Former Senate President David Mark and ex-Plateau State Governor David Jang and their supporters are kicking over alleged moves by Senate President Bukola Saraki to engineer the selection of a consensus presidential candidate for the Peoples Democratic Party (PDP) from the Northcentral zone.
All three are seeking the party’s ticket for the 2019 presidential election.
But loyalists of Mark and Jang are not amused by the report.
Mark’s camp, in particular, warned PDP against imposition of candidates.
The supporters said the consensus agenda was a plot to ambush their principals to forego their presidential aspirations for Saraki.
Mark’s loyalists, The Nation gathered, were uncomfortable that a private session organized by Saraki was turned into a consensus forum.
“What happened on Wednesday was not a meeting of Northcentral leaders per se. It was Saraki who conveyed the session to brief some leaders from our zone on his presidential aspiration. The former President of the Senate, Chief David Mark was not even there,” a source in Mark’s camp said.
“There was no communiqué agreeing on consensus. The leaders only advised the Chairman of the Board of Trustees of PDP, Sen. Walid Jibril to set up a committee to consult with the three aspirants from North-Central and come out with something.
“They asked the committee to liaise with the aspirants from the zone. No one is talking of a consensus candidate at all.
“The session was more of a personal agenda by Saraki because at the end of the day, a statement from the gathering was signed by the Director-General, Abubakar Bukola Saraki Campaign Organization, Wakil Mohammed.
“With such a sensitive decision on consensus, should the statement come from Saraki’s Campaign DG or stakeholders in Northcentral? Shouldn’t there be a communiqué?
“Why must only a party be the one to sign and issue a statement? We are suspicious of the session; it was a ploy to outsmart other aspirants in the zone.”
Responding to a question, the source said: “The former President of the Senate has not been consulted on consensus option; he is going ahead with his aspiration and plans for primaries.”
A reliable source in Jang’s camp said: “The meeting was called by the Northcentral zone of the PDP at the request of Saraki. It was chaired by the Zonal Chairman, Theophillus Dakas Shan, himself.
“Saraki wanted to brief the zone about his ambition. It was not a Middle Belt meeting but Northcentral and consensus was not up for discussion.
“Actually, it was ex-Governor Babangida Aliyu who urged the meeting to set up a small committee to encourage the three aspirants from the Northcentral to discuss among themselves.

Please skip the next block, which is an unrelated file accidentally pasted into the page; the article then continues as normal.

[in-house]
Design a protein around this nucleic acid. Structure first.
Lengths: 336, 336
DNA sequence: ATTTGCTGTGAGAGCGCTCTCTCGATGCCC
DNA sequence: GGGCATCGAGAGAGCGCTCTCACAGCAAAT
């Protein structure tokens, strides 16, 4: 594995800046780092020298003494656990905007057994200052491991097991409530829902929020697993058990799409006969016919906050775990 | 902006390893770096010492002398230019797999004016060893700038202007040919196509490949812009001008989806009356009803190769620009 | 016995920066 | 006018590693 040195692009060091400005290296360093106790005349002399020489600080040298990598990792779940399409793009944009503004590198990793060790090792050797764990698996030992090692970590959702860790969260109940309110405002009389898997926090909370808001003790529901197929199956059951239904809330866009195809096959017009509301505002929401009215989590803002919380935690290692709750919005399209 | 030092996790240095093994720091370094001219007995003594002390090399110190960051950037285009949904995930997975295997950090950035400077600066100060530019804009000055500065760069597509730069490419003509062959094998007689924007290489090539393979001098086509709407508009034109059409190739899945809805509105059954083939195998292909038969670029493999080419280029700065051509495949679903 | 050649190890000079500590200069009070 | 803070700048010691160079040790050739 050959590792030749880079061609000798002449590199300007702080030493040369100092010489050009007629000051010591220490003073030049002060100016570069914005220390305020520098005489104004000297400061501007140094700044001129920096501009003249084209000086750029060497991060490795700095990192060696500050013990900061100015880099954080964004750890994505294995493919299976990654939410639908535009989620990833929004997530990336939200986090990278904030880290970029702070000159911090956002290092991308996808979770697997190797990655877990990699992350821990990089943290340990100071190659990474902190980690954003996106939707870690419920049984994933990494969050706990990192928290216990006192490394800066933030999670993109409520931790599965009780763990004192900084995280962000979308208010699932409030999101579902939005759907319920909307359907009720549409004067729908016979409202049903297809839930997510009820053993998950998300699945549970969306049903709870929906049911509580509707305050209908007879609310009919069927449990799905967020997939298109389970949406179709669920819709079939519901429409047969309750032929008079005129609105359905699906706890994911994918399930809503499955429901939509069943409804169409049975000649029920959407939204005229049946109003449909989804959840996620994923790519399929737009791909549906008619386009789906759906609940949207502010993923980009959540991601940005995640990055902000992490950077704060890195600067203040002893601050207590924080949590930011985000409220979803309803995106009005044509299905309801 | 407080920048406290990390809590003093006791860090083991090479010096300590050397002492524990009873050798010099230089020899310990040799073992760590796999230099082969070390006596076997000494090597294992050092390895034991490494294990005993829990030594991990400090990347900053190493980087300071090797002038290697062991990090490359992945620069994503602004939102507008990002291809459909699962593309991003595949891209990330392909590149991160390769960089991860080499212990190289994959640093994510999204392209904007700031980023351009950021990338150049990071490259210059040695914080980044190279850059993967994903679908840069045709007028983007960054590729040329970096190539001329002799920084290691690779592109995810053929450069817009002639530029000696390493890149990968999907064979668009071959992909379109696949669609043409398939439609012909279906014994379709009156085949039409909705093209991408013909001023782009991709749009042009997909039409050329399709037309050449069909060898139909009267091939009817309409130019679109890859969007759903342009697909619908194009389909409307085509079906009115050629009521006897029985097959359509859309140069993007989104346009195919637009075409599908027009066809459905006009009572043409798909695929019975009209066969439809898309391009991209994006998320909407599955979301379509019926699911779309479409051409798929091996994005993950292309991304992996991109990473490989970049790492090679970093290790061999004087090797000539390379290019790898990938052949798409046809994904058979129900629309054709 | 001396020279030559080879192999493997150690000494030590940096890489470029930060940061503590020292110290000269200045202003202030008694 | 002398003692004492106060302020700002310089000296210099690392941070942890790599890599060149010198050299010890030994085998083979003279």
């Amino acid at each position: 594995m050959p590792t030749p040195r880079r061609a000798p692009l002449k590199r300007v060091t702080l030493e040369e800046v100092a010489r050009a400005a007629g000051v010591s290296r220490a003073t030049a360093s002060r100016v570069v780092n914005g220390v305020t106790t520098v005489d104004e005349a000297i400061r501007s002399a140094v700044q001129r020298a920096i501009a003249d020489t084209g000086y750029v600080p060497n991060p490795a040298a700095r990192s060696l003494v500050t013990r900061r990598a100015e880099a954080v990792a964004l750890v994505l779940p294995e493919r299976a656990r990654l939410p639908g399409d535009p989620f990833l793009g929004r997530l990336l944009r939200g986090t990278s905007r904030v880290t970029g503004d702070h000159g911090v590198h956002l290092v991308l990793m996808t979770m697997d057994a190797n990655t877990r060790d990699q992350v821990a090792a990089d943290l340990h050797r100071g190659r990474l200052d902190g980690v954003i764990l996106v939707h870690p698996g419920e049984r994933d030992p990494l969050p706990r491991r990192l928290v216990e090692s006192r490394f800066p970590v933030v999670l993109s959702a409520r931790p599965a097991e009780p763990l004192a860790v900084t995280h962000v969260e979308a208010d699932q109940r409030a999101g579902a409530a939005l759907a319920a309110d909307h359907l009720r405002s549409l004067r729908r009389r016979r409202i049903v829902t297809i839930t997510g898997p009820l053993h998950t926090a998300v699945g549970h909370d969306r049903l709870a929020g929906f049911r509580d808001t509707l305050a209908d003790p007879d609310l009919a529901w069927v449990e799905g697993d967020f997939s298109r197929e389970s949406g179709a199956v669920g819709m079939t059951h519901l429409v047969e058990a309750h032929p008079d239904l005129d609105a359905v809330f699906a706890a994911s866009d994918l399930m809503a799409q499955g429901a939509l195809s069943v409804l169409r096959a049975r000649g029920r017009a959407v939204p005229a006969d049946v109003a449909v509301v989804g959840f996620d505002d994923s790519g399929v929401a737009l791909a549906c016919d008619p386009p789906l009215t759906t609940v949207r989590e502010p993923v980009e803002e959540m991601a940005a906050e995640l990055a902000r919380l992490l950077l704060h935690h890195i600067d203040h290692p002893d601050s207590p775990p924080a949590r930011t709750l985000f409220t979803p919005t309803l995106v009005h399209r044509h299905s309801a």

“Going by our plans, Jang will on Monday submit his presidential nomination form.”
When contacted, the Zonal Chairman, Shan said: “We didn’t reach any agreement on consensus.
“We resolved to allow our elders in PDP in Northcentral to talk to all the aspirants. If there is a possibility, we will bring one candidate and if it is impossible, they will go for the primaries. Whatever we are going to do, the three aspirants must reach an agreement.”
Asked if the PDP in the zone had raised a committee on consensus by the three aspirants, Shan said: “We are not going to set up any committee; our elders will talk to the aspirants.”
He admitted that Saraki came around to brief Northcentral PDP on his presidential aspiration.
He added: “We are expecting Mark and Jang to come and brief us on their presidential aspiration too.”
A former governor in one of the Northcentral states said: “I think the DG of Saraki Campaign Organization misrepresented the meeting. There was a suggestion by the President of the Senate for the adoption a consensus candidate by PDP Northcentral which does not amount to automatic recommendation.”
In an address at the session on Wednesday, Saraki said: “Leaders from the North Central need to work together to ensure that a PDP candidate emerges from the zone.
“It is clear that the only way to achieve unity in the country is when you have a leader who can manage the differences and galvanize our energy towards achieving development.
“It is not about where you come from, but it is about what you can do for our country. If there is anybody who can do better than those of us in the North Central Zone, let them stand up.
“It is important that in October, our delegates from the Northcentral should work to ensure that a Northcentral candidate emerges – and they should work together with delegates from across the country to ensure that a Northcentral candidate emerges. We request your support.”